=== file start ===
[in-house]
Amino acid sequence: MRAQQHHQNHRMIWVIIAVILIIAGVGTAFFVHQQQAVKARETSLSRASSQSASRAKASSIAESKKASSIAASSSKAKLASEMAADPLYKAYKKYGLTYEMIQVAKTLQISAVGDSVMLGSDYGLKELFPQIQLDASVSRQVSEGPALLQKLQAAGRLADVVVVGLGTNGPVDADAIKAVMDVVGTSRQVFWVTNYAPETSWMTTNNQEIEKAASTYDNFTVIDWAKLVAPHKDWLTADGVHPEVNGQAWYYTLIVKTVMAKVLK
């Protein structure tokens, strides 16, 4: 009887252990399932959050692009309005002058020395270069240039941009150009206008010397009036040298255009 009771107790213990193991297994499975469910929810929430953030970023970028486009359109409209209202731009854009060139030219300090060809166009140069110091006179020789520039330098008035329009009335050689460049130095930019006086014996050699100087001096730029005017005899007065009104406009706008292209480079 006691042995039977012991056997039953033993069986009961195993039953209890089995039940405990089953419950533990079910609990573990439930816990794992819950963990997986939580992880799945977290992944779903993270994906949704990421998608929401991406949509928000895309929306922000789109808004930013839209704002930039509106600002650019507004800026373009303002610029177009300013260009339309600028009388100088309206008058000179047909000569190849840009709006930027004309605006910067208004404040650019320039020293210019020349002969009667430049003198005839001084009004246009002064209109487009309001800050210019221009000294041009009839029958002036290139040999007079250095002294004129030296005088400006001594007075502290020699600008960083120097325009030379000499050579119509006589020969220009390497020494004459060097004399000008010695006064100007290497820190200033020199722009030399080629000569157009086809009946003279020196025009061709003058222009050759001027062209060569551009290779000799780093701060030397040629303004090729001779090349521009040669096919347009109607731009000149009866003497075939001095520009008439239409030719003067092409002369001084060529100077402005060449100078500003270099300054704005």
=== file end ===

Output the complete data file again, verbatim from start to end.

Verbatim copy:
[in-house]
Amino acid sequence: MRAQQHHQNHRMIWVIIAVILIIAGVGTAFFVHQQQAVKARETSLSRASSQSASRAKASSIAESKKASSIAASSSKAKLASEMAADPLYKAYKKYGLTYEMIQVAKTLQISAVGDSVMLGSDYGLKELFPQIQLDASVSRQVSEGPALLQKLQAAGRLADVVVVGLGTNGPVDADAIKAVMDVVGTSRQVFWVTNYAPETSWMTTNNQEIEKAASTYDNFTVIDWAKLVAPHKDWLTADGVHPEVNGQAWYYTLIVKTVMAKVLK
């Protein structure tokens, strides 16, 4: 009887252990399932959050692009309005002058020395270069240039941009150009206008010397009036040298255009 009771107790213990193991297994499975469910929810929430953030970023970028486009359109409209209202731009854009060139030219300090060809166009140069110091006179020789520039330098008035329009009335050689460049130095930019006086014996050699100087001096730029005017005899007065009104406009706008292209480079 006691042995039977012991056997039953033993069986009961195993039953209890089995039940405990089953419950533990079910609990573990439930816990794992819950963990997986939580992880799945977290992944779903993270994906949704990421998608929401991406949509928000895309929306922000789109808004930013839209704002930039509106600002650019507004800026373009303002610029177009300013260009339309600028009388100088309206008058000179047909000569190849840009709006930027004309605006910067208004404040650019320039020293210019020349002969009667430049003198005839001084009004246009002064209109487009309001800050210019221009000294041009009839029958002036290139040999007079250095002294004129030296005088400006001594007075502290020699600008960083120097325009030379000499050579119509006589020969220009390497020494004459060097004399000008010695006064100007290497820190200033020199722009030399080629000569157009086809009946003279020196025009061709003058222009050759001027062209060569551009290779000799780093701060030397040629303004090729001779090349521009040669096919347009109607731009000149009866003497075939001095520009008439239409030719003067092409002369001084060529100077402005060449100078500003270099300054704005």